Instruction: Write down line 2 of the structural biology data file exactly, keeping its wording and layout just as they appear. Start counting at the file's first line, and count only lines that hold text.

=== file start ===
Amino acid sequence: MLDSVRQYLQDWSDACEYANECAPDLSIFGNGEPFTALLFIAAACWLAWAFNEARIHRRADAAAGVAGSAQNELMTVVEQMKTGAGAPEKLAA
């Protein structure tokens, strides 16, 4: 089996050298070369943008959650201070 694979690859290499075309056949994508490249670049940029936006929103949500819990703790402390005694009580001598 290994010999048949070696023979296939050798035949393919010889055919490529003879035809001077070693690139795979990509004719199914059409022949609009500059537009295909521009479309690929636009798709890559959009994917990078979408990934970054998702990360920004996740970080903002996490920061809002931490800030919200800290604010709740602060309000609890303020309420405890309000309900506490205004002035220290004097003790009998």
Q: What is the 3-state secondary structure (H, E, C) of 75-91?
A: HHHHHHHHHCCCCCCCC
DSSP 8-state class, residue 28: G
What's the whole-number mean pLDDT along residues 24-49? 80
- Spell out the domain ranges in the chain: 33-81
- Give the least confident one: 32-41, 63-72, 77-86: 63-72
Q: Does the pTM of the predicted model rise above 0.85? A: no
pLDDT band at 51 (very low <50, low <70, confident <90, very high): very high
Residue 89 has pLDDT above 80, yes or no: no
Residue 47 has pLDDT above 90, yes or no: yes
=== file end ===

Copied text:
């Protein structure tokens, strides 16, 4: 089996050298070369943008959650201070 694979690859290499075309056949994508490249670049940029936006929103949500819990703790402390005694009580001598 290994010999048949070696023979296939050798035949393919010889055919490529003879035809001077070693690139795979990509004719199914059409022949609009500059537009295909521009479309690929636009798709890559959009994917990078979408990934970054998702990360920004996740970080903002996490920061809002931490800030919200800290604010709740602060309000609890303020309420405890309000309900506490205004002035220290004097003790009998």